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"We're Back to Serfs and Royalty"

In The Jungle, Upton Sinclair's stark portrait of Chicago's meat-packing industry at the end of the 19th century, "splitters" earned some of the highest wages in the slaughterhouse. These men, Sinclair wrote, "did not a thing all day except chop hogs down the middle" -- for 50 cents an hour.

Fast forward 100 years or so, and the typical meatpacker earns $9.13 an hour, according to the Bureau of Labor Statistics, an annual salary of $18,980. The average hourly worker does nearly one-third better: $24,649. But if you really want to see the difference between hamburger and filet mignon, compare the average worker's pay to that of CEOs at 365 of the largest public companies. These denizens of one of the last nearly all-male enclaves on earth averaged $13.1 million in 2000, roughly 531 times more than their average employees.

Granted, running a big company requires more skill, or at least more subtlety, than killing pigs. But the huge disparity between the compensation of CEOs and the people who really make most companies function is starting to raise questions of fairness. For instance, look at how CEO pay has skyrocketed -- by 434% since 1991, according to BusinessWeek's annual survey of executive compensation. Meantime, the paycheck of the typical worker grew only 34%.

GOOD TIMING. "We're back to serfs and royalty in the Middle Ages," declares Edward Lawler, professor of management at the University of Southern California's Marshall School of Business. And that's before the passage of President Bush's tax-cut plan, which would widen the advantage of the upper crust on an aftertax basis.

To some extent, of course, top execs have prospered so much simply because they happened to have the right job at the right time. They benefited from a roaring New Economy stock market that for years defied logic and valued many companies at indefensibly high levels. According to executive-compensation consultancy Pearl Meyer & Partners, 60% of CEO pay now comes in the form of stock options, up from 25% in the mid '80s. So dependent did exec pay become on mindless market momentum that after the bubble burst, total remuneration for CEOs rose only 6.3% in 2000, compared to 36% in 1998, according to BusinessWeek's latest survey.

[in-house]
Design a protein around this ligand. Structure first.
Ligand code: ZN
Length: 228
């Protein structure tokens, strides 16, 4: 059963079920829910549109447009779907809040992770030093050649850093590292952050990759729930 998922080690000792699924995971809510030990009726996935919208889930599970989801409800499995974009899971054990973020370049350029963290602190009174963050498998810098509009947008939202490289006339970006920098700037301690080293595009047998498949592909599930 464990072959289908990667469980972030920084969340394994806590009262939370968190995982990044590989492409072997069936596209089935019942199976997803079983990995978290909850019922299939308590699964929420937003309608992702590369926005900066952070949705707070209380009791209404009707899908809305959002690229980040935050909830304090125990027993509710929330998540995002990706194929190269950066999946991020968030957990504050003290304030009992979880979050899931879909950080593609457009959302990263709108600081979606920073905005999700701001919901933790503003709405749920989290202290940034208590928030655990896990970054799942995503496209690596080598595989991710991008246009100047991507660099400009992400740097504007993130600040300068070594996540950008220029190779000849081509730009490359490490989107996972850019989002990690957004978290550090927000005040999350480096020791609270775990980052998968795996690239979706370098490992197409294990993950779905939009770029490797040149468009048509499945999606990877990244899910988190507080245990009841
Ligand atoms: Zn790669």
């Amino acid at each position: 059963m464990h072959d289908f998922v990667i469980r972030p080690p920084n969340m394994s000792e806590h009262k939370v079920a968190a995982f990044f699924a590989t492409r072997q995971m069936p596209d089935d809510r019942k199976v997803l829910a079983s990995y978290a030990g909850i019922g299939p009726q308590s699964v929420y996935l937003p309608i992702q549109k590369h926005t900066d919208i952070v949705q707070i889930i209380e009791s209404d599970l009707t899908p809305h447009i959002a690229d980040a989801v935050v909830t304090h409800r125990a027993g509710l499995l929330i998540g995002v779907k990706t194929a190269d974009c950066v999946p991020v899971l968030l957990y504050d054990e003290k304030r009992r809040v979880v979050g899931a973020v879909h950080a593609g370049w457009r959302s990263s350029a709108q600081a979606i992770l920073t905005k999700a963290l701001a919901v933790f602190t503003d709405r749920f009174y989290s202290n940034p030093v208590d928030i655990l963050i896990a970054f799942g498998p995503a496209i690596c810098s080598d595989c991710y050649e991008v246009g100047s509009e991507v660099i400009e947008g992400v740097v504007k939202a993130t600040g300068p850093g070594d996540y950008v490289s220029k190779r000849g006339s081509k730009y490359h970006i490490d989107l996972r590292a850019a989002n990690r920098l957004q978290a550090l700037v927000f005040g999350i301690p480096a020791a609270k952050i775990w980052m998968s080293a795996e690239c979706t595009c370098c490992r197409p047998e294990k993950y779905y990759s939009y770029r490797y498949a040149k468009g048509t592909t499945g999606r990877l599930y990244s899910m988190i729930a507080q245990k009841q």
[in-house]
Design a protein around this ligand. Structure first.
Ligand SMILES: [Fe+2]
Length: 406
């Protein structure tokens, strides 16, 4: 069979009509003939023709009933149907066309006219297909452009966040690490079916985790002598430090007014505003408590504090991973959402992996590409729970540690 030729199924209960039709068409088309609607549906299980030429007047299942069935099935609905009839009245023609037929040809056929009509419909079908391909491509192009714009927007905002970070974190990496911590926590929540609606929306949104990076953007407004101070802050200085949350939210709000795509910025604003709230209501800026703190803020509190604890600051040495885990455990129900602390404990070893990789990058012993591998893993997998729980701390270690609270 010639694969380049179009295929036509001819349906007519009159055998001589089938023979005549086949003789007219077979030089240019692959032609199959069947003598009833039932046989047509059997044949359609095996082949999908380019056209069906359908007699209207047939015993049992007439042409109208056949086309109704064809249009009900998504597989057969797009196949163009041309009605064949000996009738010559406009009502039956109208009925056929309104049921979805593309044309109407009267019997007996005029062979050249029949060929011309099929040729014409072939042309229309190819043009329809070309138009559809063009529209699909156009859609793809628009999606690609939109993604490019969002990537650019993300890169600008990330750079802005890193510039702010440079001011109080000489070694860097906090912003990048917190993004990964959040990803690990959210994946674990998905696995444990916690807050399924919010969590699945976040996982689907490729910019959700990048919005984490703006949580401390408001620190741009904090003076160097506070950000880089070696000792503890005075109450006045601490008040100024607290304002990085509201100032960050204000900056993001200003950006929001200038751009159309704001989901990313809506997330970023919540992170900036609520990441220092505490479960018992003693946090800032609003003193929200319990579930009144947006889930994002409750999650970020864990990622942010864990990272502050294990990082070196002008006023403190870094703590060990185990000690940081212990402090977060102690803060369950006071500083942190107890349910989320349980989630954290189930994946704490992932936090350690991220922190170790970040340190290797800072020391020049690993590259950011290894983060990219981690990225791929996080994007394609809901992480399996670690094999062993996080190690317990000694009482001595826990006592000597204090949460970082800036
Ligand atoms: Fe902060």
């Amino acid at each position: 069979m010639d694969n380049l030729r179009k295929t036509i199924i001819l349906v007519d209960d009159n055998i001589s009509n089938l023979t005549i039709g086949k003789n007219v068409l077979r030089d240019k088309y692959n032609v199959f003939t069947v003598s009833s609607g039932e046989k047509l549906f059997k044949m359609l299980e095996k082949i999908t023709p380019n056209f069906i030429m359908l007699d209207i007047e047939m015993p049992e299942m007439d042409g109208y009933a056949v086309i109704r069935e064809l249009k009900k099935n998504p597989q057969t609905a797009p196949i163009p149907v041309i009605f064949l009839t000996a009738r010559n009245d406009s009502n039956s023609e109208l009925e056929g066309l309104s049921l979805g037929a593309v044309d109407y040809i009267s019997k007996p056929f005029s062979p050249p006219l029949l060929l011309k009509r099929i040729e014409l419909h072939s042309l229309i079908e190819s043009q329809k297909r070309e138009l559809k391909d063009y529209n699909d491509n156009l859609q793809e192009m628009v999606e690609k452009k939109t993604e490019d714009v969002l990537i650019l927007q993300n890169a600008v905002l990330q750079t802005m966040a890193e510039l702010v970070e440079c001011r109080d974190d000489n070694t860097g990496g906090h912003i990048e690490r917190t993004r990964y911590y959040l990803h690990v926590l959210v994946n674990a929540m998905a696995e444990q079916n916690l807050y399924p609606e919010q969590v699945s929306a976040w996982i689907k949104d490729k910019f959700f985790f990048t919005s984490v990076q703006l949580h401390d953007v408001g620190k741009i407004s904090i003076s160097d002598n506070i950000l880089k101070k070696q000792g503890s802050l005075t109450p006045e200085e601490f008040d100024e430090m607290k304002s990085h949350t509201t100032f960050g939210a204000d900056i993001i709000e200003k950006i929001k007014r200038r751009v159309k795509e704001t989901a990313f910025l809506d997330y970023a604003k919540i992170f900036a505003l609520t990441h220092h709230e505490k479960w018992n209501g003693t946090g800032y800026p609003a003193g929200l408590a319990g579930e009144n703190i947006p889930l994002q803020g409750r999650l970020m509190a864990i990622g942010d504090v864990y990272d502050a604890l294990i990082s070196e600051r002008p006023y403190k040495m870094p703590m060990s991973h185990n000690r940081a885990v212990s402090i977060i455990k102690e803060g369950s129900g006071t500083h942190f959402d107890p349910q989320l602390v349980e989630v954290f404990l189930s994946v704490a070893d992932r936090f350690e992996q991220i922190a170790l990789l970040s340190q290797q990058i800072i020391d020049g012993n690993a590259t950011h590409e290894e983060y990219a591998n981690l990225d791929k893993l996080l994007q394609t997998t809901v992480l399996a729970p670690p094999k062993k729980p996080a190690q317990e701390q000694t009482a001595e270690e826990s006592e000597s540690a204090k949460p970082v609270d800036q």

Yet though Wall Street's woes continue, don't expect CEOs to share the pain of shareholders for long, Lawler says, or of the employees they're laying off. "Boards will be under pressure to protect their CEOs' income," he adds. "We'll see a return to cash and grants of restricted stock rather than options." Restricted stock are outright grants of company stock, which guarantee some net income. Stock options, which give a person the right to buy shares at a given price sometime in the future, can become worthless if the stock tanks.

AMERICA'S "SCORECARD." There's more to why execs earn so much than unbridled greed and compliant boards. After two decades of nearly uninterrupted economic expansion in the U.S., wealth is in vogue. If baseball's Alex Rodriguez is worth a $252 million, 10-year contract, who's to say that Citigroup CEO Sanford Weill isn't worth his $224 million a year? And if Julia Roberts can command $20 million a motion picture, why shouldn't Disney's Michael Eisner be worth his $72 million in salary and long-term compensation last year? "Money is our scorecard to gauge someone's success," says Thomas Li-Ping Tang, professor of management at Middle Tennessee State University. "The higher the score, the better."

That still doesn't answer the question: Even if a CEO is a brilliant strategist, an inspiring leader, and the darling of Wall Street, what makes him worth 531 times his average employee instead of 50 or 100 or 200 times? Only in the court of public opinion are such questions raised, often by gadflies whose impact is small. For instance, the AFL-CIO publishes a Web site, called Executive PayWatch, where visitors can plug in their salaries and see how they stack up against the compensation of CEOs at 1,500 of the largest public companies as well as that of AFL-CIO president John Sweeney.